Tuesday, June 23, 2009

I have a head for fashion....

I'm glad that certain things go full cycle under the dark and mysterious cloak of fashion. Flares came back. Or at least they did in Manchester, England, circa 1992. I like a nice flare, me. Pearls, not seen since 1950, are back in vogue too. No NYC ladies are without them. In my twisted and offset opinion, pearls (fake or real) give a woman an aloof whiff of class. Whether the lady in question has actually availed herself of a decent upbringing and education, or she's the kind of woman that says "Like," and "You know," while searching her pitiful vocabulary for something altogether more descriptive is beside the point. Pearls say something about a woman.

In the food arena, fads come and go too. We've seen monkfish liver come and go. Sweetbreads came and stayed, but will no doubt fall out of fashion soon enough. The new trend in NYC is pork. Not discount Valu-Pak plastic wrapped ten-a-penny pork, but well-bred pork. Pork from breeds nobody has heard of. And not just your average Jo Bloggs pork chop, bland loin, picnic ham or Boston butt. Now we hear about trotters, tails and ears from well-bred pigs. Cooks are starting to look beyond the boring fillet, the steak. The possibilities are endless when you engage the whole animal. I'm glad fashion has finally caught up with me. Inspired in part by Samuel Pegge's famous 1390 tome The Forme of Cury, and a handful of pork disciples in London and New York who are rolling their sleeves up and getting to grips with some very unusual cuts, I wanted to reinvigorate an old English favourite, the Bath Chap. This boned and stuffed pig's head was the height of fashion in 1890. I can't believe something so delicious fell from favour in the first place, but I'm so happy it finally came back into fashion over 100 years later.

Daunting as it is, dealing with a whole head, the recipe is simplicity itself. Like taking candy from babies....

First procure a decent looking piggy head, one with a long jowl, from a decent breed, and most certainly one that has a life of mischief and varied diets.

Bone out piggy head with sharp knife. This isn't as easy as it sounds. I found a great video on YouTube featuring a bloke with a big knife cutting into Porky. He's obviously a skilled and practiced hand. It took literally seconds, and he was no doubt distracted by BBC Radio blaring in the background, but he does make it look easy. The trick is to get as much meat off the bone and attached to the skin as possible, paying particular attention the the cheeks. That's the best shit, that is. My boning technique differed from Matey because I boned it out resulting in one piece of skin and not two, as he does in the video. Two pieces are traditional. Those who know me will testify that I like to fuck with tradition a bit.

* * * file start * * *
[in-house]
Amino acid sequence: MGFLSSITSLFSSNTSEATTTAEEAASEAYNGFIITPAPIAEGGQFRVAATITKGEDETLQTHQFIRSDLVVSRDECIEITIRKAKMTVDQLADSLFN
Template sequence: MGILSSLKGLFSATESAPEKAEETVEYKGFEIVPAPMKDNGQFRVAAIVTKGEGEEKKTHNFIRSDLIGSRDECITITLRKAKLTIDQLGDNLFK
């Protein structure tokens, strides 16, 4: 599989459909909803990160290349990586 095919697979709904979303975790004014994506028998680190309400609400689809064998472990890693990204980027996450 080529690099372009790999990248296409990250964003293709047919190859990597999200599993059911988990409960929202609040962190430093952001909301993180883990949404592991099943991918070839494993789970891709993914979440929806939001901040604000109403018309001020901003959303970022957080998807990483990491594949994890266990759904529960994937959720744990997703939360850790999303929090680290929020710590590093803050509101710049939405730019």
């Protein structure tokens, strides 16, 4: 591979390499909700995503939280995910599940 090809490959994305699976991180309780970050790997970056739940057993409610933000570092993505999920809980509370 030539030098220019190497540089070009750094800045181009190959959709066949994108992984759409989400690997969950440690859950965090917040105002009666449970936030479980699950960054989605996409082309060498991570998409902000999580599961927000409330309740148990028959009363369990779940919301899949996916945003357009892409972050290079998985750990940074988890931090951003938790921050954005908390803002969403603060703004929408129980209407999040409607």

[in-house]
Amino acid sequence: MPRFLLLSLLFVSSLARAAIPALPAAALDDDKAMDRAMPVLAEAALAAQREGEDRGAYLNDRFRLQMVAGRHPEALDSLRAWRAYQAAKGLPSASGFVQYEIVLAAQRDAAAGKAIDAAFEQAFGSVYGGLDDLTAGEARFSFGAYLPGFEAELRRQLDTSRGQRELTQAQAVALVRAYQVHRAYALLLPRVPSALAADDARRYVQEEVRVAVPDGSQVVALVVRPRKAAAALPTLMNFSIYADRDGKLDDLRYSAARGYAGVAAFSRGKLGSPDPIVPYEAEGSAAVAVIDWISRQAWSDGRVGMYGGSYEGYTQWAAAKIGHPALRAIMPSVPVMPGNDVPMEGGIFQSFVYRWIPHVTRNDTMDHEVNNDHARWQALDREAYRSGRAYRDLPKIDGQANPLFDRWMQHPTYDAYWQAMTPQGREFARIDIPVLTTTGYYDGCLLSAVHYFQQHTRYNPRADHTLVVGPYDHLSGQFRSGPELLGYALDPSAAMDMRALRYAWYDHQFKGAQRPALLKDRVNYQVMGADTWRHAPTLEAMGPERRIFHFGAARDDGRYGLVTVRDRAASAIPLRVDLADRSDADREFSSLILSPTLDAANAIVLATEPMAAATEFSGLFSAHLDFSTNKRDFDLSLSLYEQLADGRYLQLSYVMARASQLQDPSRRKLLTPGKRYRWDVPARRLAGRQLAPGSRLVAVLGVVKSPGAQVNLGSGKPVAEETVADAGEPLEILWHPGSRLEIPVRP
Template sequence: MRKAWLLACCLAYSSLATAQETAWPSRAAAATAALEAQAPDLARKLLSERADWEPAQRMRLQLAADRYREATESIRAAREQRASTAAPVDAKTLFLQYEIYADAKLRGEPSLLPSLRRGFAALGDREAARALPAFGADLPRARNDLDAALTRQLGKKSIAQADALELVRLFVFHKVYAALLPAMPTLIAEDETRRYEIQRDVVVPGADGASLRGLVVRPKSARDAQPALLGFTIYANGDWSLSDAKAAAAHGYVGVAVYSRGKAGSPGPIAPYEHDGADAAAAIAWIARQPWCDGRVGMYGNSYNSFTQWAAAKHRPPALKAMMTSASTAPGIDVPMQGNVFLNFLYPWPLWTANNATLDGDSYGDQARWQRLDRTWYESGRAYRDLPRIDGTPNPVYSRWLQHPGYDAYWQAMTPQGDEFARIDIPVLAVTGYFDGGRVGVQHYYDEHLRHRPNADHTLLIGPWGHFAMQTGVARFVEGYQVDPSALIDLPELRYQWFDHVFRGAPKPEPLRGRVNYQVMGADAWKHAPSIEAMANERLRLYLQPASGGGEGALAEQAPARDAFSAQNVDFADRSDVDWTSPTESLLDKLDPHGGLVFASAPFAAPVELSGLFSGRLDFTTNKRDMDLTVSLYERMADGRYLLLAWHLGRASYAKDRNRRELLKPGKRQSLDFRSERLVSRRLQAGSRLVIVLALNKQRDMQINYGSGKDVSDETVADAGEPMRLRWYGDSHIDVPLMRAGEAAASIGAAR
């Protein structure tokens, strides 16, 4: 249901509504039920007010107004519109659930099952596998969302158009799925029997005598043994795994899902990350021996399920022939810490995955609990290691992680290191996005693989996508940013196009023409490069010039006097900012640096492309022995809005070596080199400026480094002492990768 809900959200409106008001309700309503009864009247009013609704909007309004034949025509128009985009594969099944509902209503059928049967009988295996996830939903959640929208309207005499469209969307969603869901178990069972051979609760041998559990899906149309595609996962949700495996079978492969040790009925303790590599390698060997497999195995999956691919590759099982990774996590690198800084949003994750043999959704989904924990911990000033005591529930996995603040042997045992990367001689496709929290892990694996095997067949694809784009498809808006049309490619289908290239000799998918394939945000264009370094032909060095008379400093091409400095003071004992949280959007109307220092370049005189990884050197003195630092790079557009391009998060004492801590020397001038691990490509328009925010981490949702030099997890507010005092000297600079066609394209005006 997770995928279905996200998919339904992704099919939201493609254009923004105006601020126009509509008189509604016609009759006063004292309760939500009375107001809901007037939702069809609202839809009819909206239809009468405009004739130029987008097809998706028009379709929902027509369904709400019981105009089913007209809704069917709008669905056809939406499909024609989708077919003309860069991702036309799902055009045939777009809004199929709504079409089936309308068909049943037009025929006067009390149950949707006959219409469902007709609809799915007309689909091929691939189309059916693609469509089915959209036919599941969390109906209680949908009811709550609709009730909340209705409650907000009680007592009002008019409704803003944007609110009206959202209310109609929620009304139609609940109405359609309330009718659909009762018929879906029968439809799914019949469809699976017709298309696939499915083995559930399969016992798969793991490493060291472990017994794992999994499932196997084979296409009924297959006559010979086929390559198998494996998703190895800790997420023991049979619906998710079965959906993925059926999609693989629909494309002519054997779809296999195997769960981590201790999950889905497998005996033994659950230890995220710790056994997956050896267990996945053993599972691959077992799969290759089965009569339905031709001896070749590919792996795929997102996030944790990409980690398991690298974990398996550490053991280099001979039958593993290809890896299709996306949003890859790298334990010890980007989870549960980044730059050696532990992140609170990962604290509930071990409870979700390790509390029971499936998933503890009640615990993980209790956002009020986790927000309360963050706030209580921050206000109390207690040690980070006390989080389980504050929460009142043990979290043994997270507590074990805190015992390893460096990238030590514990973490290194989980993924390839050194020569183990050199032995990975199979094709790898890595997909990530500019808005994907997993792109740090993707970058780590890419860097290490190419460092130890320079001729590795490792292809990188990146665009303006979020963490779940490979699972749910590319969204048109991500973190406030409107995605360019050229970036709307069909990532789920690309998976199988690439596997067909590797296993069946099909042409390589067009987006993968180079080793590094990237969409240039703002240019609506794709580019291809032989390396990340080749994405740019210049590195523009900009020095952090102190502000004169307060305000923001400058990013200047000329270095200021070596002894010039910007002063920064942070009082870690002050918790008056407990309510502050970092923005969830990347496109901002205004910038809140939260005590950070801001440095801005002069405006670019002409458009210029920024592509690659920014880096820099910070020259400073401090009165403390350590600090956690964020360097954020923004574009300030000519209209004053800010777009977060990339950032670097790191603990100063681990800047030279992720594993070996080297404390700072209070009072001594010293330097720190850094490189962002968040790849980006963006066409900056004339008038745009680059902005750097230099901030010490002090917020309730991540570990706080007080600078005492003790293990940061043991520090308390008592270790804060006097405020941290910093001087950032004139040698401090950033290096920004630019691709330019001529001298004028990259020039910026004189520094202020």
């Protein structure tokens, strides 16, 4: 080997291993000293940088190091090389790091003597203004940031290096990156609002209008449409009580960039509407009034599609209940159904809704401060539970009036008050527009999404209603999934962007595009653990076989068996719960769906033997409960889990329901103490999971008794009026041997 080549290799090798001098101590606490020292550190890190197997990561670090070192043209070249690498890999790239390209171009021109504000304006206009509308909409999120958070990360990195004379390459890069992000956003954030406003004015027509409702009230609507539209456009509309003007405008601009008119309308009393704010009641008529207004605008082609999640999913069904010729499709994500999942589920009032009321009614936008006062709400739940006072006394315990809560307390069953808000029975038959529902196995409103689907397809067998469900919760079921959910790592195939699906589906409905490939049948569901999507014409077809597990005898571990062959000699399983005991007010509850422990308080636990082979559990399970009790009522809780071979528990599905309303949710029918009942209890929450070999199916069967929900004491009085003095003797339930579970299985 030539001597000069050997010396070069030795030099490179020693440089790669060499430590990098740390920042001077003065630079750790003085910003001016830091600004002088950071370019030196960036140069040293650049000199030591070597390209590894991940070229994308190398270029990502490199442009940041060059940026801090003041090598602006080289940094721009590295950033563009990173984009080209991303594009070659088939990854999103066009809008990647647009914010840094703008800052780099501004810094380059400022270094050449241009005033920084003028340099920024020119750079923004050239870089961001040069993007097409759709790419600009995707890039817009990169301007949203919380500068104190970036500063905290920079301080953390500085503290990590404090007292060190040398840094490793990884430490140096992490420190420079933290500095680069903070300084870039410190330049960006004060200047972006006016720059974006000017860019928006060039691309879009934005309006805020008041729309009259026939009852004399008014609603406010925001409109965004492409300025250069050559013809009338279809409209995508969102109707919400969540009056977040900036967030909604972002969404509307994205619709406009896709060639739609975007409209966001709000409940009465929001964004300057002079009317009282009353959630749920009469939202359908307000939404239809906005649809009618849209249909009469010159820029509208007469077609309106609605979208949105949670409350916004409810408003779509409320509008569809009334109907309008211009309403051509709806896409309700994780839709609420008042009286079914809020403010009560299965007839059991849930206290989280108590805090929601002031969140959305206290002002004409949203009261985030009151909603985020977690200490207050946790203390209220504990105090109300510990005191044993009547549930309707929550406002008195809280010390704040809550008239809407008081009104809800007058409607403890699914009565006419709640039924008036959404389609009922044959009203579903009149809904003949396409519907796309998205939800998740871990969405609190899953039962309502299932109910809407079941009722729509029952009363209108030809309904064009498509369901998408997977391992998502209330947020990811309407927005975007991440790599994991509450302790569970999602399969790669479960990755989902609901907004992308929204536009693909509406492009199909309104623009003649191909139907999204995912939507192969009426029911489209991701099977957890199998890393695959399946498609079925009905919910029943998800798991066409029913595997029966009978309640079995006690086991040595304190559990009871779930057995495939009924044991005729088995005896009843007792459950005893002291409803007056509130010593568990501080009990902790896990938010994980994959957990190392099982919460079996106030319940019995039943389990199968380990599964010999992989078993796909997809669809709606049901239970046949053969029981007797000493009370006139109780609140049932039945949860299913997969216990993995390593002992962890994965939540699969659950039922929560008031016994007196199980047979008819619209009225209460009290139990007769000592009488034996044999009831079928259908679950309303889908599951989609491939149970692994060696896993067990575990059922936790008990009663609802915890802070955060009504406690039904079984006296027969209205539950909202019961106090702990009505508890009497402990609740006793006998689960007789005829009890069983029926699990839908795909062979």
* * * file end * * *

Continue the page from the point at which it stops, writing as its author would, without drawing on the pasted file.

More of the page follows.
Take out the tongue, and wash it thoroughly. There is no easy way to remove it, just cut where you think you should and remove it in one piece.

Now the tricky bit: Roll. Place the tongue in between the two cheek meaty bits, lying it on the underside of what would have been Porky's hooter. Roll as best you can, making sure you have string at the ready to tie. I like a nice snouty look to my Bath Chaps. Wrap in cheesecloth, and brine for 5 days.

Take Chap out and give him a good rinse. Still wrapped, poach in a mixture of pork stock (from the skull) white wine, the usual aromatics and some bay leaf and peppercorns fro about 1.5 hours. Remove, cool, and unwrap. Re-wrap in cling film tightly as you can, and press under weight in the fridge. leave overnight.


Cut inch-thick slices from the Chap, dip in seasoned flour each side, and fry in butter to a crisp and golden finish.

You will marvel at the crisp bacony exterior, and your knees will buckle when you savour the fat, moist and porky cheek and tongue meat at the Chap's core. I served my guests their Chaps with Colman's mustard (of course) and some caramelised apples.


Jason said...

Want... Now...

Nicely done Teddy & welcome back.

fougoo said...

Wow. Cheers, dude, I am so impressed!

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